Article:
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Interns work Capitol

Nicole Michels | Monday, September 3, 2012

Several Notre Dame students traded the golden dome for the Capitol dome to intern in Congressional offices over the summer, while others worked in district offices throughout the country.

The Washington Post reported between 20,000 and 40,000 interns descended on Washington, D.C., during the summer months. The 535 Congressmen hire sets of interns to contribute to daily office operations, ranging from a single intern to as many as 15 in their D.C. offices, with similarly sized staffs in district offices.

Senior political science major Alex Bowman was one of the interns in the D.C. office of Rep. Joe Donnelly, where he said he worked on both substantive and clerical tasks. 

“My daily tasks included answering phones, checking voicemail messages, sorting emails, leading tours around the Capitol building and doing independent research for some of the more specific constituent requests. … Generally, [the interns] just did what needs to be done,” Bowman said.

Bowman said the tasks assigned to the interns each presented unique challenges.

“It was nerve-wracking. … In all honesty when you pick up the phone as a Congressional intern, you are the vocal representative of your boss, the member of Congress,” Bowman said. “You have to keep in mind that every word that you say the constituent will construe to be his, which is a scary thought.”

Donnelly’s participation in the contest for the Indiana Senate seat prompted a greater number of calls from constituents, Bowman said.

“People call all the time about the election, and because Joe is moving from a district to a statewide office, he gets people from all over the state asking questions,” Bowman said.

Sophomore political science major Colin O’Shea interned in Sen. Richard Durbin’s Chicago office with the press team, where reading the morning paper was part of his job each day.
“Every morning, I would read The Chicago Tribune, The Chicago Sun Times and state papers looking for any news relevant to [Durbin] or any news that mentioned his name,” O’Shea said. “I’d send on a list of the news clips to the press secretary in Illinois, who forwarded it to the D.C. office.”

O’Shea said he also helped to plan Durbin’s press conferences when the senator returned to Chicago.

“I would call the reporters and tell them about the conferences, distribute the media releases and tape the actual conferences for the website,” O’Shea said. 

The primary difference between the state office and the D.C. office is that Chicago handles constituent casework while D.C. handles policy issues, O’Shea said.

“We have caseworkers that handle all the constituency-based things, trouble with a utility or government agency, something service-based,” O’Shea said. “Anything policy related would be directed to the D.C. office.”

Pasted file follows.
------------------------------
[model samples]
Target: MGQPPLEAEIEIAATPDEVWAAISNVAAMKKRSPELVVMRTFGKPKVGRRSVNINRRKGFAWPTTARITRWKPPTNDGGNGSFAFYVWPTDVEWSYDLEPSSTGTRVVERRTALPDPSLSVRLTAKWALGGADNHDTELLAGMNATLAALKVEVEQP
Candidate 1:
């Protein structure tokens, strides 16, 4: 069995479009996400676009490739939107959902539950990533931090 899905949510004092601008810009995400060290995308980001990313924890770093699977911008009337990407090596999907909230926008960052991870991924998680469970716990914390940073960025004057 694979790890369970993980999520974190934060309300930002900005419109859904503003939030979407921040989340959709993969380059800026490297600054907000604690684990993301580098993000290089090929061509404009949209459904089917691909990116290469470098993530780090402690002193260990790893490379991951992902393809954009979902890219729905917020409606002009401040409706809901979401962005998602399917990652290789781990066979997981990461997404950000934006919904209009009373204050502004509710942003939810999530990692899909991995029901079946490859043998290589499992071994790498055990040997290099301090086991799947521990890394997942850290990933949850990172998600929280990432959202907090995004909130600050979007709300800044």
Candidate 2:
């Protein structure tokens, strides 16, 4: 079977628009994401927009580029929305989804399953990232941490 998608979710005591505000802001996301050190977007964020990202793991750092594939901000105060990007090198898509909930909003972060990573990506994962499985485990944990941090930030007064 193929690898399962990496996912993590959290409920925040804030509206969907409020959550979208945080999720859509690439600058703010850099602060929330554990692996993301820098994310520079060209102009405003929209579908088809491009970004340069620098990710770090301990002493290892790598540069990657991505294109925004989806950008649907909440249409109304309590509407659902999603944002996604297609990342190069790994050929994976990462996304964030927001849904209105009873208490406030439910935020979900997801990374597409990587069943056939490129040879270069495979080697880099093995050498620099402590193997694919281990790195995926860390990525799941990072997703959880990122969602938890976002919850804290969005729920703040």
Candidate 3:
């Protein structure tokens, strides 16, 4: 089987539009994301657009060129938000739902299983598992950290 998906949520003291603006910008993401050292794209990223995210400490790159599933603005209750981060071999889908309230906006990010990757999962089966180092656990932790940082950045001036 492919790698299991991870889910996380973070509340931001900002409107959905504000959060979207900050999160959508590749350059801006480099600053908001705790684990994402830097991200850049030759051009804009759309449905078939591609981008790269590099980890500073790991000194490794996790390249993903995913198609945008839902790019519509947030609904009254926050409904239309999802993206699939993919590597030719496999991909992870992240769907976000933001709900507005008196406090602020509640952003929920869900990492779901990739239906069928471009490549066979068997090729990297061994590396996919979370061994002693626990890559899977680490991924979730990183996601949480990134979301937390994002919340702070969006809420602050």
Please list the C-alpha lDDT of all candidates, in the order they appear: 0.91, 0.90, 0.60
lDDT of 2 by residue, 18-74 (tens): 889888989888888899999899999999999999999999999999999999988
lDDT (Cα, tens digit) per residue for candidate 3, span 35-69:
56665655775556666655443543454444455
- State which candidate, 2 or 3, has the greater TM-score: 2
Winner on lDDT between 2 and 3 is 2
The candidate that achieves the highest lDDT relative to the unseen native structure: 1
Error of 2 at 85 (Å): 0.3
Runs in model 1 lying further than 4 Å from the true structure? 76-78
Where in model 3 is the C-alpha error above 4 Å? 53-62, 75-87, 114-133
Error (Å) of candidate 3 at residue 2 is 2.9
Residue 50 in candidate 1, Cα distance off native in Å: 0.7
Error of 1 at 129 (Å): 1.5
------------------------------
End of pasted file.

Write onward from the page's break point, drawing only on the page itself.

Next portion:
O’Shea said he appreciated the chance to gain insight into the life of one of his elected officials.  

“It humbles you, to realize that even the senator can’t do everything that he wants to do,” O’Shea said. “The senator legitimately tries his best to serve the constituents and make people happy, but none of them are perfect and it’s hard to make everyone happy.”

Sophomore political science and peace studies major Pat Roemer interned for House Minority Leader Nancy Pelosi this past summer, who he said has a personal appreciation for Notre Dame. 

“When I walked into the room to say hello to the leader, the first thing she asked me was where I go to school,” Roemer said. “When I said that I go to Notre Dame, she said, ‘Oh I love Father Ted Hesburgh. He’s a great man.'”

Roemer said he appreciated opportunities during his internship to hear different viewpoints on the major issues, particularly foreign affairs.

“I attended primarily hearings at the House Judiciary Committee and the House Committee on Foreign Affairs, and the Senate Committee on Foreign Relations,” Roemer said. “But I also was able to go outside the Capitol to get some more biased viewpoints, which was certainly different. … The hearings can be biased and partisan, but off the hill they have agendas that they want to promote.”

His daily tasks ranged widely depending on whether or not the House was in session, Roemer said.

“Some days when the house wouldn’t be in session, I’d be running trying to find a stapler, but other days I’d be running to drop off something on the [House] floor, running to Fed-Ex down the street, researching specific pieces of legislation, depending on what’s going on,” Roemer said. 

Roemer said his time on the Hill has infected him with a desire to return to the fast-paced world of politics.

“I definitely want to be up on the hill, whether it’s after graduation, running for office or just holding doors for the people who walk into the House and Senate galleries,” Roemer said. “I’ve got the disease. It’s a sickness, this Washington thing. I want to be there.”